Ontario’s Watershed Stewardship Management Plan

There has been a renewed commitment between the US and Canada to reduce nitrate and phosphorous loading into the Great Lakes River Basin and maintain soil nutrients levels through the Great Lakes Water Quality Agreement. Conservation Authorities (CAs) have been set up in Ontario to act as the primary mover in watershed management programs. They’ve coordinated with both provincial and federal authorities for non-point source pollution control in priority watersheds. Two areas that needed prioritization for nutrient reduction were Lake Simcoe and Grand River: the latter being the largest watershed in southern Ontario covering 6,800 square kilometres.

4R Nutrient Stewardship Plan

One of the key tools in helping manage the nitrogen and phosphorus levels in the Grand River watershed is the 4R Nutrient Stewardship Plan. It emphasizes the importance of utilizing the Right Source at the Right Rate, the Right Place, and the Right Time. It entails efficient use of phosphorus and nitrogen to minimize runoff and still maintain optimum soil nutrients levels for crops. With the help of all agencies from the local to the federal levels, the aim is to ensure a sustainable supply of water for communities and ecosystems, reduce potential flood damages, and improve water quality (which includes lowering concentrations of nitrate and phosphate in the river system) and the watershed’s resilience to climate change.

Farmers can participate in this program by tapping the services of professional advisers such as certified crop advisers or professional agrologists. They can help with development of a 4R Nutrient Management plan tailored specifically for their crop requirements.

Sustainability Goals and Performance Indicators

One of the challenges of the 4R program is the sustainability of agriculture to accommodate growing demands without compromising natural resources. There are also the added dimensions of social goals, environmental impact, and economic prosperity that need to be achieved. One aspect of determining progress is the setting of performance indicators to ensure that all the goals are met. After the sustainability goals are established, performance indicators are needed that measure things like soil quality in terms of soil organic matter, compaction, and productivity. Water quality can also be assessed for nutrient and sediment load that is in the runoff. Economic parameters are based mostly on profitability and return on investment. Since the aim of 4R is to better manage soil nutrients used in farms, production information from farm-to-farm and even within individual fields needs to be documented. If certain information such as nutrient content in manure cannot be determined by the farmer, then they can always check with the Provincial Agricultural Registry or through advisers for the average rates in their area. This is all in an effort to come up with complete and accurate data for better analysis.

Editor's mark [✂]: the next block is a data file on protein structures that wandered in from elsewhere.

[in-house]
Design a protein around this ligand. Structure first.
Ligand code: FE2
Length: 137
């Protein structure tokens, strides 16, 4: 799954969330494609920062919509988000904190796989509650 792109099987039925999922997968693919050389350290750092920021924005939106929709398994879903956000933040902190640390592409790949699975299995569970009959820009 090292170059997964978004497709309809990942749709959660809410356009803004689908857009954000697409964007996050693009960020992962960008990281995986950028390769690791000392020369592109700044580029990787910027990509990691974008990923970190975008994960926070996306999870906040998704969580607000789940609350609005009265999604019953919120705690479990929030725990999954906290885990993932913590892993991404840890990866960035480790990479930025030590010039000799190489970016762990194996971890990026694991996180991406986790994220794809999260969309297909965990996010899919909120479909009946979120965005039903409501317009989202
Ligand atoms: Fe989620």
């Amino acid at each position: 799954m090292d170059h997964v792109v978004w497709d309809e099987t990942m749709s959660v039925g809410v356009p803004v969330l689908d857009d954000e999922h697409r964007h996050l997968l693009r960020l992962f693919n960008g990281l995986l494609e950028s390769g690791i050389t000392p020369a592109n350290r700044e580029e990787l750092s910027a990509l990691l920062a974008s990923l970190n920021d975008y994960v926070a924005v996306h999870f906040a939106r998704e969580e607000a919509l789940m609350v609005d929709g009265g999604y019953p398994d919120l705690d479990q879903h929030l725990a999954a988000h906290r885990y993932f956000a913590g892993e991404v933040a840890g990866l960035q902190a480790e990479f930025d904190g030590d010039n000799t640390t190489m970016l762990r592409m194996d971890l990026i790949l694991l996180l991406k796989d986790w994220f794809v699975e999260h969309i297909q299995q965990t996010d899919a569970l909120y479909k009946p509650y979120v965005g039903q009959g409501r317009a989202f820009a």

Spatial Location

Information like spatial location and size of the field or management zone is also vital. This includes data on slopes, water body proximity, manure storage, tile drainage, or other distinguishing features. Tools such as Google Maps, GPS, aerial photos, and agri-maps are useful in helping with assessment. Landscape topography and soil drainage characteristics can be accessed using a mapping tool called Ag Maps provided by the Ontario Ministry of Agriculture and Rural Affairs (OMAFRA). The organization assists in identifying environmentally sensitive areas to ensure compliance in the event of buffers and setbacks. Crop types and yield information are necessary to forecast future yield quantity and quality.

Realistic Yield Targets

In order to manage crops effectively, a realistic yield target is needed when submitting soil samples to a soil laboratory for an accurate recommendation for the proper applications of N, P2O5, K2O, and S to achieve the targeted yield and avoid over application of nutrients. Aside from soil analysis, manure analysis may also contribute to a spike in nutrient load. This can be compared to previous measurements to track the amount of soil nutrients that may be needed for the current season’s crops. It is important to work with an advisor to find the ideal amount of nutrient application and schedule for the upcoming season.

Accounting of Phosphorus and Nitrogen Sources

The changes needed for 4R implementation are incremental over time to identify any differences in crop output and water quality. A complete accounting of all sources of phosphorus is needed and external application should be targeted and optimally timed. Surface applications should be made in later spring or early summer to allow for P to bind with the soil. Nitrogen sources need to be soluble for enhanced efficiency and compounding N sources from manure and irrigation water should be taken into consideration.

Post-harvest Nutrient Balance

The best way to assess performance of a farm in meeting 4R standards is by conducting a post-harvest nutrient balance. This would help in fine-tuning any changes needed for the next crop season. Nutrient balancing is a metric of environmental performance, which, on top of economic and social priorities, is what makes 4R different from typical nutrient management planning.

Thomas Nutrient Solutions is made up of long-time Niagara residents with years of experience managing Niagara biosolids. We have worked with some of the largest industrial and resource operations in the world, playing an integral role in the handling and removal of environmentally sensitive by-products of their operations.
If you are a municipality in Ontario and in need of a biosolids management solution, please feel free to contact us at 1 (877) 479-1388.

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Ontario’s Watershed Stewardship Management Plan
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